It’s not the first time I’ve heard this argument before. I’ve heard that white people shouldn’t try to write black characters; this was a heated panel back when I was in graduate school. I’ve heard the same arguments for people writing about people with different sexual orientations, although surprisingly, I can’t remember ever hearing this argument when it comes to writing about someone from the opposite sex.

I don’t understand the issue, but maybe I’m just too dense. Whenever I write a character, new or old, they are a person first. All of those other boxes don’t apply to who they are on the inside. Yes, they may shape their life experience, trickle into fears and dreams, and obstacles and defense mechanisms, but they do not define a person. No one is just black. Or just gay. Or just disabled. And what an insult if that is actually what we think.

I think there is this fear on both sides. Minorities might fear that writers in certain majorities just won’t get it. They’ll minimize or defend, pretend it isn’t there or try to handle it with disastrous conclusions. Well to these people I would say, “Stop being such a control freak!” And I am a control freak myself, but my God, if I thought that way or worried like that I would drive myself nuts.

Then there is a fear from writers who want to be sensitive and PC and are all too aware that the critics and those on the other side whose fears I just mentioned, are waiting to strike. To attack their work and their characters, but not only to tear the work apart, but to tell the writer how terrible she/he is for screwing it all up, and how dare they go there, and it is not their place and yaddy yaddy yada. My best advice to these people is to put all those other people out of their head. I mean these other voices shouldn’t be there in the first place. And letting these voices get under your skin, paying them attention can make a writer hesitate. And quite honestly, speaking as a writer and a reader, it’s the hesitation where those big mistakes are made and fears become self-fulfilling prophecies. So just go there, responsibly, sensitively, and courageously authentic, and don’t look back. Don’t apologize, don’t fear, but always try to understand where another person is coming from if they have a legitimate problem with what you did. File it away with other lessons learned and move on to write the next character with that newfound knowledge.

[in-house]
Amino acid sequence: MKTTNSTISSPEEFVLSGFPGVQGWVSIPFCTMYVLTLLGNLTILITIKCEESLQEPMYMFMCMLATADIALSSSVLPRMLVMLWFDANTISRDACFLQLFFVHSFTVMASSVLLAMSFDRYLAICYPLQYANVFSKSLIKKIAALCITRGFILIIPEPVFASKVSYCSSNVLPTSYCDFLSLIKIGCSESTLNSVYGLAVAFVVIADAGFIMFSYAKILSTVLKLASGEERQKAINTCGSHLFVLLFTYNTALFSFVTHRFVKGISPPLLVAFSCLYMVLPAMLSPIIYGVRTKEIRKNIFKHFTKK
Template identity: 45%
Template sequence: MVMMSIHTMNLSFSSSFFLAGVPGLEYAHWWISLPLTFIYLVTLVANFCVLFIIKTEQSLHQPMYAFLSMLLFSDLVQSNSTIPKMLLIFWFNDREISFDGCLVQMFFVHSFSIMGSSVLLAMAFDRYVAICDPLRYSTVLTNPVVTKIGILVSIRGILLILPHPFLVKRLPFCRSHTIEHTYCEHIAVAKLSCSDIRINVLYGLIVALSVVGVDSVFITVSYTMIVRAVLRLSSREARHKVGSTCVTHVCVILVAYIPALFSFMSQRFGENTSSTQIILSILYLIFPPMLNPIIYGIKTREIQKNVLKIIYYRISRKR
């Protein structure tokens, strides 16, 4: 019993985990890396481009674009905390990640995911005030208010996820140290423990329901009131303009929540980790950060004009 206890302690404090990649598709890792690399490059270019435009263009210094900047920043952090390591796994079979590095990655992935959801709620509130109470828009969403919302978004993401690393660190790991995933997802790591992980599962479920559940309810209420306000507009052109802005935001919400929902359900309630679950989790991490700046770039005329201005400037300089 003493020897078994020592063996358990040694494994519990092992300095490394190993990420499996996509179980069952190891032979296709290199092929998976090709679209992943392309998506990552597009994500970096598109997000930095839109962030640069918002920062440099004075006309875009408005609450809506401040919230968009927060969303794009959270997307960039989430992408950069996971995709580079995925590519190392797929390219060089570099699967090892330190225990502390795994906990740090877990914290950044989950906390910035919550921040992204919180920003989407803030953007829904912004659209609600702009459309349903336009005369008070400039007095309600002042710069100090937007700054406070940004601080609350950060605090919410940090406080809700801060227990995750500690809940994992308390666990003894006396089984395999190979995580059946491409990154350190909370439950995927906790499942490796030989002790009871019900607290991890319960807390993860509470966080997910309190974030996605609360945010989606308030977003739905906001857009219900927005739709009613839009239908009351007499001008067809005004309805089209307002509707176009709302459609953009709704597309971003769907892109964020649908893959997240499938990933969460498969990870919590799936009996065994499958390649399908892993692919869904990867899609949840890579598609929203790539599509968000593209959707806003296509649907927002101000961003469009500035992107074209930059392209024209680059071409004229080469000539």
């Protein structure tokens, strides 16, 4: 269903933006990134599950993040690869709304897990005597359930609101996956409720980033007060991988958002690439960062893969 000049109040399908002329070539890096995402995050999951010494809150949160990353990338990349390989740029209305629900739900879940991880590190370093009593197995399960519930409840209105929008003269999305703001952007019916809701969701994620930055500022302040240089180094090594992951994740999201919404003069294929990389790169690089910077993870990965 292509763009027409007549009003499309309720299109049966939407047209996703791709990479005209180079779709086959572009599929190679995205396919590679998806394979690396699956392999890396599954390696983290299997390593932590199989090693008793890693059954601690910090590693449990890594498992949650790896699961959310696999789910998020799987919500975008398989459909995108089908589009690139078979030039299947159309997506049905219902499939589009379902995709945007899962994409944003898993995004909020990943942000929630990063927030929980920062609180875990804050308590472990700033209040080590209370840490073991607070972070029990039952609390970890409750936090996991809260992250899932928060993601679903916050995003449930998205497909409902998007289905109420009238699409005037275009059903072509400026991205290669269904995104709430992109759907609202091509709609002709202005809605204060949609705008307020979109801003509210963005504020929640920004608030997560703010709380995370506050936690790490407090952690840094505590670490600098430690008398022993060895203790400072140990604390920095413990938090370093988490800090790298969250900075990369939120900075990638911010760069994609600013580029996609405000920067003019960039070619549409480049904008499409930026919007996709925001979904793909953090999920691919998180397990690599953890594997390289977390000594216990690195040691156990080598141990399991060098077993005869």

Remember the concept of a “disabled character” is fundamentally wrong, and maybe that’s what is tripping you up. You should be looking at this as writing a character that just happens to be disabled.


For those people who are big on, “Where do you get off?” here is a little bit about me. I fall into a few different minority categories, but the bucket that affects me the most is disability. I have had dozens of brain surgeries, a couple of heart surgeries, I am deaf, and have a brittle bone disease, I had an autoimmune disease that caused my kidneys to fail, I have hydrocephalus, I have a bone marrow disorder, and a few other things thrown in for good measure. These facts or circumstances may color my experience at times, but they are not all that I am, and they do not limit me. I hate the word “limited” because I’m a person who will always find a work-around. 😉